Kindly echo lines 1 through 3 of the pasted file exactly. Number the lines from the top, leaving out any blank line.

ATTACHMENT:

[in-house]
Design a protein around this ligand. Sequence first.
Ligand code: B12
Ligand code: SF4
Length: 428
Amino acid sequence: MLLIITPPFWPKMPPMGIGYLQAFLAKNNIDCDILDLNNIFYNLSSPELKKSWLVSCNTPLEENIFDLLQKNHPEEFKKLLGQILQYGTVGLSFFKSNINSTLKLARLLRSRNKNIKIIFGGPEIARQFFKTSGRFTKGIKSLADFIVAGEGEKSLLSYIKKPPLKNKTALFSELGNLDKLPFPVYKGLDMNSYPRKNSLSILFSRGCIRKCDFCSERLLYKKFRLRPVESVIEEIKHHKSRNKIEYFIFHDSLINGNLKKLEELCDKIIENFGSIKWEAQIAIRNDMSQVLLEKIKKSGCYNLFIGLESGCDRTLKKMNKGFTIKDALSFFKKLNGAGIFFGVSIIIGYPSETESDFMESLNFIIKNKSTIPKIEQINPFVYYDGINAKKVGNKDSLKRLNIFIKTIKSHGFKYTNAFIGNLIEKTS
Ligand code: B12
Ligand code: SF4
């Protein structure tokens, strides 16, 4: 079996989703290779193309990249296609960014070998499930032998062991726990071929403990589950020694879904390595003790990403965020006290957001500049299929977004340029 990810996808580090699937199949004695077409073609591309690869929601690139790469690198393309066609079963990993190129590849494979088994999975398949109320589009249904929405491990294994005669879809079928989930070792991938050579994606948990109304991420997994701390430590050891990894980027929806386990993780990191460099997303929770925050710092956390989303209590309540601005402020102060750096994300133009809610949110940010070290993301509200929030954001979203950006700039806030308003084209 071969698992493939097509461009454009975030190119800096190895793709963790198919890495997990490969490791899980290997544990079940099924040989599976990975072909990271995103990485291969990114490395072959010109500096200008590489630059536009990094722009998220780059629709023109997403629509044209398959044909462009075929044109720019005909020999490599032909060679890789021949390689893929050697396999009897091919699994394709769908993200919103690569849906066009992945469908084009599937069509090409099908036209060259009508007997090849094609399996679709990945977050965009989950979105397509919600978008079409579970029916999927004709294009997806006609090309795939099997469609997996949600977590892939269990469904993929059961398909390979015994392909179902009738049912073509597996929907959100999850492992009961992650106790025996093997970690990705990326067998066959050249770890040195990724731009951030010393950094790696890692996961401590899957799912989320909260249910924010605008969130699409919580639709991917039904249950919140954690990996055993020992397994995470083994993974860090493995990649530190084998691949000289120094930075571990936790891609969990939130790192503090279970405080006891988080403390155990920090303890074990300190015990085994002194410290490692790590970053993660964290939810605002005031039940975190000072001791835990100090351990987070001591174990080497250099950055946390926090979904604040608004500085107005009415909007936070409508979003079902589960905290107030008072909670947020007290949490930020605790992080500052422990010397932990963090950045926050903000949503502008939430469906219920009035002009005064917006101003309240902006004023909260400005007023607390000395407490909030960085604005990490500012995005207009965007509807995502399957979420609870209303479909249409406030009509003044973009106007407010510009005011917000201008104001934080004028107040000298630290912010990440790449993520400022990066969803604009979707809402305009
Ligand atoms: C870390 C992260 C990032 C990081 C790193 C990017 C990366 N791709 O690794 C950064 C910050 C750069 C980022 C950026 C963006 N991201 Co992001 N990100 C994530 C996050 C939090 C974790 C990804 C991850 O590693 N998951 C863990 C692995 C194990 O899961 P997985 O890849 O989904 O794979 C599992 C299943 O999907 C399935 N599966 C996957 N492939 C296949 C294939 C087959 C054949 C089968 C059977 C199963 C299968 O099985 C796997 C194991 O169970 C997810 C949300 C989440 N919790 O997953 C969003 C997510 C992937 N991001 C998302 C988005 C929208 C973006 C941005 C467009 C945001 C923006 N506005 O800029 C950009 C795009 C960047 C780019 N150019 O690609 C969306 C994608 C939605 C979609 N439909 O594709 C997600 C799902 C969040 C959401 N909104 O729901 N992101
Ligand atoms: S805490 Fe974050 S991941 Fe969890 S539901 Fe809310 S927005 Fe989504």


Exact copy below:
[in-house]
Design a protein around this ligand. Sequence first.
Ligand code: B12